Thank you so much, been looking for an easier and cheaper way to cast molds for a long time
Very nice instructable! I work in the industry, my company makes prototypes by casting and other methods, so I was interested to see how it can be done in your kitchen!
Could I used the mold in fondant cake designs? Is it safe or food grdae
http://www.makeyourownmolds.com/how-to-make-molds <br> <br>check out the link for food safe mold making for cake decorating mold making
Does anyone have a silicone recipe that IS safe for food and can be put in the oven, safe up to 500 degrees? Or is there such a product already out on the market? I need it in liquid form, so I can make my own mold.
Hi I'm in the UK &amp; cant find 'Silicone calking' any idea what else it may be called here ?? I have been asking &amp; retailers look at me blankly. <br> <br>Cheers
the silicone calking it&Acirc;&acute;s the silicone in the tues using for bathrooms, fish tanks , seel window gaps, in portugal we can get it in drog stores, i think that in ingland is the same
Silcon sealant is the same, or bath seal. You can get it in any diy store
Did a little research and they should not be giving you blanks stares...<br>http://www.google.ca/search?hl=en&amp;safe=images&amp;client=safari&amp;sa=X&amp;ei=5qYvULHtPKOKjAKC3oCwCg&amp;ved=0CFcQvwUoAQ&amp;q=silicone+caulking+in+the+uk&amp;spell=1&amp;biw=320&amp;bih=417<br><br>Maybe try asking for bathtub sealant. Sorry that's the best I can offer.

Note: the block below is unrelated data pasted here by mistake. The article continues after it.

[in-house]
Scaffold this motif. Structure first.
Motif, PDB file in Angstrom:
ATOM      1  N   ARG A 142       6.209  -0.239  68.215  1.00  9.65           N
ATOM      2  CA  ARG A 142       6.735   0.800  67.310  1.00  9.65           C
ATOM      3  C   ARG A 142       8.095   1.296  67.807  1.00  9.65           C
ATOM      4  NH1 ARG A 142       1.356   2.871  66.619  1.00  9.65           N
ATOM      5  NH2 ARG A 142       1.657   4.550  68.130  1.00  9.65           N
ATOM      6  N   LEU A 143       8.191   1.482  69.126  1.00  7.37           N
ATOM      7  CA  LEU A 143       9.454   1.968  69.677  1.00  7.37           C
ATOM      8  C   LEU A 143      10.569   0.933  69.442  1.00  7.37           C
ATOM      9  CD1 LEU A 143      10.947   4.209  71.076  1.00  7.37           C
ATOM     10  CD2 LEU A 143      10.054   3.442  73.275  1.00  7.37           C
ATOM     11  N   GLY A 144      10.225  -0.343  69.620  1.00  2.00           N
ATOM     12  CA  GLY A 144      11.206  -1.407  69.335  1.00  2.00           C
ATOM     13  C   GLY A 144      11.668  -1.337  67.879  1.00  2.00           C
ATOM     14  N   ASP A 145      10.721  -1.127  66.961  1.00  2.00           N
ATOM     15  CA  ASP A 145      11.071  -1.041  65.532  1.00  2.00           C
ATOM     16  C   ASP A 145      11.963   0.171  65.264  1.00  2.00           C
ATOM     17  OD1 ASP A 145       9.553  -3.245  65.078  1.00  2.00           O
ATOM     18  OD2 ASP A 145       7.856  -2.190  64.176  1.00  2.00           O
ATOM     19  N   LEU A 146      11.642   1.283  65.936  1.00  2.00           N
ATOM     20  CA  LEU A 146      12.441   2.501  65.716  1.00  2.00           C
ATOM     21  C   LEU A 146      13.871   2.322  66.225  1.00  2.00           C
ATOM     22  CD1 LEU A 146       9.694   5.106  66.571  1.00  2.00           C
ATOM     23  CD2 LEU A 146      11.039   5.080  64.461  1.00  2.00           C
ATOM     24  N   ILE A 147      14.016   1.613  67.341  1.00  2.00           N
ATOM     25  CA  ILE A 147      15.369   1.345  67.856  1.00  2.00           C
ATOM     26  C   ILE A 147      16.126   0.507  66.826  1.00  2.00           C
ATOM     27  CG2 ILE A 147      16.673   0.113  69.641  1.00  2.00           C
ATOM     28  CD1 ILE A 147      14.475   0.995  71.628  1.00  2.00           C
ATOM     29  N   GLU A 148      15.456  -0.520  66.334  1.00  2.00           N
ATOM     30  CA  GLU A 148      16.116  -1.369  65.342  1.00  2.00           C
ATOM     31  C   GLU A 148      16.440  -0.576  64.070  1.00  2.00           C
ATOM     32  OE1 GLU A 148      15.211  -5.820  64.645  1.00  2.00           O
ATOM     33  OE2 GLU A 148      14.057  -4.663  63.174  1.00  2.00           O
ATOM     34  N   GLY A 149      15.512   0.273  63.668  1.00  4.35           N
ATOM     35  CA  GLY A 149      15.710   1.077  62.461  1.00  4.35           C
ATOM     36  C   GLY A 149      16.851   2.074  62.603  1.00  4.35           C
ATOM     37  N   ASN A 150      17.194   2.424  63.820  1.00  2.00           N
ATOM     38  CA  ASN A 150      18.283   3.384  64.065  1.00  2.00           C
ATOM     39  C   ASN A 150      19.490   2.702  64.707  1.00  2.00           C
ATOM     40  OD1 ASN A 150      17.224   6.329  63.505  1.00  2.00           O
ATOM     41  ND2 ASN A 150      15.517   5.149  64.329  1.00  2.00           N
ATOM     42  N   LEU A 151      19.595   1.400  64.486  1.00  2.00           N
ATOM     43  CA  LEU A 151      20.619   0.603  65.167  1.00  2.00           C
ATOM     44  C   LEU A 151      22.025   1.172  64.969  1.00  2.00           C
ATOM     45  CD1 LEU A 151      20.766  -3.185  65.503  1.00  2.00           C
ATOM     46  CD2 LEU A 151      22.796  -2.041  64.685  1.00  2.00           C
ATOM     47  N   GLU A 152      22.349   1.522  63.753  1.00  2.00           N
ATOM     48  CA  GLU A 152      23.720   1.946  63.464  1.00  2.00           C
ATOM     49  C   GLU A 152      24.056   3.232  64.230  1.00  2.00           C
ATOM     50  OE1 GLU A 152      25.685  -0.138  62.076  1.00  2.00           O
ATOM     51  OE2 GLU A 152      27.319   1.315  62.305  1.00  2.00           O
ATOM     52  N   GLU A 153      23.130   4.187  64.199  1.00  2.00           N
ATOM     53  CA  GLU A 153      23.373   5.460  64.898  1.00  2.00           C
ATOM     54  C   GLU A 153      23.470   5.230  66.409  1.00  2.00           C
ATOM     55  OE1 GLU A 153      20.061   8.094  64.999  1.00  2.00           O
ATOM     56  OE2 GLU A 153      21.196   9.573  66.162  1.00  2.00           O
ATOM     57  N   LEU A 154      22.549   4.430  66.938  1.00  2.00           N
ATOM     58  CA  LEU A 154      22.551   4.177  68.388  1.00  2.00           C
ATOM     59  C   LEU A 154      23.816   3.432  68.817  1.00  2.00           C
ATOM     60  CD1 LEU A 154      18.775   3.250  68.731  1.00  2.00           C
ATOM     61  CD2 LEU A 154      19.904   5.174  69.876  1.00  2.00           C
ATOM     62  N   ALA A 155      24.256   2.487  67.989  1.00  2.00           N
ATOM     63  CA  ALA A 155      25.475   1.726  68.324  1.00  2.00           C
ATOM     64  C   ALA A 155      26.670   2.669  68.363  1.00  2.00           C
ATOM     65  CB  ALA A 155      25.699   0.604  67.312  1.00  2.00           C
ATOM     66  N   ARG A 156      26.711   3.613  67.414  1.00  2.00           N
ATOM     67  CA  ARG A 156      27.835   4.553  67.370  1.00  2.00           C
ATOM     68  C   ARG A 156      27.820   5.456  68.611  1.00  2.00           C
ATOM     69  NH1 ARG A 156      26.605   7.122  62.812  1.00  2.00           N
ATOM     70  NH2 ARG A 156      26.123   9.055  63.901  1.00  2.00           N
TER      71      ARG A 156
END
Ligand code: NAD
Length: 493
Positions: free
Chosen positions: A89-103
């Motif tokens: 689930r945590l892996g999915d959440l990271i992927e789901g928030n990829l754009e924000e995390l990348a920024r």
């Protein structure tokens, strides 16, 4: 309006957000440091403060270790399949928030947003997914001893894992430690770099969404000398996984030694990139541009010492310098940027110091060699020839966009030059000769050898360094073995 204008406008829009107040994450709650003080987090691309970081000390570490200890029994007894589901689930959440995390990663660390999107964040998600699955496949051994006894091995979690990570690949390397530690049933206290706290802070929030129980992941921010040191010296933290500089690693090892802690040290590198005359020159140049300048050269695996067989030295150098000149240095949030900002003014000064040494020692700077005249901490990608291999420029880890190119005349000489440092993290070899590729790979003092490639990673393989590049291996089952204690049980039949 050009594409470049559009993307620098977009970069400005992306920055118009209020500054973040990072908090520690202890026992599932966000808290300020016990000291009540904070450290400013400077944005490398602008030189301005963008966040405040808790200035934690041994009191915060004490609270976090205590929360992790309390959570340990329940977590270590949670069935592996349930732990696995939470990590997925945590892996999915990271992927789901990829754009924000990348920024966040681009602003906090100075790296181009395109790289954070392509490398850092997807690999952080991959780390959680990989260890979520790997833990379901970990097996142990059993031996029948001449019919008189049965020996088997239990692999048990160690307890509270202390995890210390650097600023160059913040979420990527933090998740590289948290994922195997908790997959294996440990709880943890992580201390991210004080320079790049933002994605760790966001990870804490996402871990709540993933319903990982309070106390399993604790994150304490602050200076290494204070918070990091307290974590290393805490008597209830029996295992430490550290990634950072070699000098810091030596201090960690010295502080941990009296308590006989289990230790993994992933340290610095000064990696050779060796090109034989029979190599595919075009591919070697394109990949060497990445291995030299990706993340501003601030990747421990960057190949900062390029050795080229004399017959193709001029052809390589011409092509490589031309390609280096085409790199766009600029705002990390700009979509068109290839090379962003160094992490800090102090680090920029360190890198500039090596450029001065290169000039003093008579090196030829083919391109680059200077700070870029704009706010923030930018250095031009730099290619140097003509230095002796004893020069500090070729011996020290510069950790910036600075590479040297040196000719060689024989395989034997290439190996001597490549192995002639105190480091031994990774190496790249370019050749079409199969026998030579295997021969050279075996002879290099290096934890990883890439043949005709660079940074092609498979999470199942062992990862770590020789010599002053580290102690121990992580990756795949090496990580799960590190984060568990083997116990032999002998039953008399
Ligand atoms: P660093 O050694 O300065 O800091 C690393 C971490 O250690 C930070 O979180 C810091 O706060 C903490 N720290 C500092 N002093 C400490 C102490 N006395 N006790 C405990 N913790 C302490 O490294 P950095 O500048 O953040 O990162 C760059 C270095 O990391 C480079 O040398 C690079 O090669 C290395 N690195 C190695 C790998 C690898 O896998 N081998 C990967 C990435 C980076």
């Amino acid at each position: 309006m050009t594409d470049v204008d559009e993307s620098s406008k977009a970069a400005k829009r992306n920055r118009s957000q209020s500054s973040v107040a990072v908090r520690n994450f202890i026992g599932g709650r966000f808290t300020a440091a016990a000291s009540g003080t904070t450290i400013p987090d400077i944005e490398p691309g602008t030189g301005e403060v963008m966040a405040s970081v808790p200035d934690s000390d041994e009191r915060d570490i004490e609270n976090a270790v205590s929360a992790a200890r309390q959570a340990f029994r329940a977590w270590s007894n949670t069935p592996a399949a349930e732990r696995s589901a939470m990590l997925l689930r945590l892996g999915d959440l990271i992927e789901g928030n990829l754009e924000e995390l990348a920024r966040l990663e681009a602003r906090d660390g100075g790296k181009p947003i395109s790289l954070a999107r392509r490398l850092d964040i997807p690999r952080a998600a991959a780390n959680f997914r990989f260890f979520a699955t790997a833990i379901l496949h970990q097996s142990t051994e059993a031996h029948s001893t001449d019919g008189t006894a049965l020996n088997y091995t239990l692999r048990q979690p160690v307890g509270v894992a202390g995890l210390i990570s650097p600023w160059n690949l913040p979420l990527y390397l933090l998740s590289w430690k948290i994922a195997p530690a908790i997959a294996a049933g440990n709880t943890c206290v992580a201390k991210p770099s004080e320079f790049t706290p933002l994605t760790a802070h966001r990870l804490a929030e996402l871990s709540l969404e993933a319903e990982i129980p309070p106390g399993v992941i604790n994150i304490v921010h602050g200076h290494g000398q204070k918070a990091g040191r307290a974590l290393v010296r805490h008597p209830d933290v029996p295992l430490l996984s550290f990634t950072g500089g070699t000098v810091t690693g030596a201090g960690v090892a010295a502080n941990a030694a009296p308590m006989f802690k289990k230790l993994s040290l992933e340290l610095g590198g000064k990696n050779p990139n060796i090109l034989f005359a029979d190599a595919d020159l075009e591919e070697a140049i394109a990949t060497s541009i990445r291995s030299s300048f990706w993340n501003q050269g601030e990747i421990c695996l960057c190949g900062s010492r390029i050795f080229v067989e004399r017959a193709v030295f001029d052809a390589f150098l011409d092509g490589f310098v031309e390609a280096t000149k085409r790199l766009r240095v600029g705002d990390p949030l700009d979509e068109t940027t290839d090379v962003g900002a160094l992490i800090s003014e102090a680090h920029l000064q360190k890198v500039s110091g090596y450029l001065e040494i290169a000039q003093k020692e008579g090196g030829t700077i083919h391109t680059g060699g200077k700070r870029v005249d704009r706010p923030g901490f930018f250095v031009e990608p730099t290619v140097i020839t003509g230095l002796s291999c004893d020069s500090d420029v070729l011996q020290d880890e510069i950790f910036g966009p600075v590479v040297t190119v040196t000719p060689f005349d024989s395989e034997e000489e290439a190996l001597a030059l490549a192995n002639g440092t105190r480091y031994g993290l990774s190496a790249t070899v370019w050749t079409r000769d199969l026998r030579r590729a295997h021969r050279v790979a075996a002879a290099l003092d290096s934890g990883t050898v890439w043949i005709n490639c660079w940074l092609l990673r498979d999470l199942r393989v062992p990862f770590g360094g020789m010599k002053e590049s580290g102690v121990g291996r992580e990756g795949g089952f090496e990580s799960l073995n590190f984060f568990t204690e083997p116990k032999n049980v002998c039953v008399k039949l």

I've used Silicone Caulking to make molds before. For thicker molds, mix in some Glycerin. It helps the silicone cure in thicker layers, as silicone caulk cures by reacting with moisture in the air.. For a release agent (keeps silicone from sticking), try using a silicone-based spray such as Armor-All.
Hi, I am in need of molds for my project (it will be on instructable once I manage to finish it). I need a mold that has a minimal shrinkage. (IE 1% max). I am going to try the glycerine (I found a bottle at my local drugstore). I was wondering if I could add talc instead or starch? Anyway I think that 10:1 by weight for the silicone glycerine mix would work ok. I'll try and give you news.
Corn starch only it's hydrophilic. This is what sets the silicone off faster. Talc will not do that. Glycerin will also help set the silicone off and thin it but I have not experimented much with it. So make a couple batches and then after a week measure shrinkage.
I have failled miserably. Going to wait and buy the smooth-on kits ;)
Would this also be safe to use with food molds? (jello) would it be eatable?
NO!!! sorry this is far from safe for that.<br><br>I would imagine that if you got food grade silicone from a hardware store and only used cornstarch that it would be safe but I am not sure it would be pourable or as manageable as the video shows.<br><br>So I say again NO it is not safe for food as is but the above suggestion may make a mold that is usable. I am no expert in this though and you are on your own if you want to experiment with that...<br><br>Dont think I am being negative or being a jerk, far from that, we love our fans. I am just being concerned about your health an like our fans to be healthy and alive :) Otherwise they don't promote us nearly as well, last I checked there is no internet connection to the afterlife...<br>
Food grade silicone, glycerine and corn starch.
oh ok thanks
See this link for food grade silicon: http://www.smooth-on.com/Silicone-Rubber-an/c2_1115_1131/index.html <br> <br>I have used it many times with great results. If you look at my sugar glass 'ible http://www.instructables.com/id/Sugar-Glass/ you'll see my bottle mold in the pics. I have used it to make chocolate bottles, also.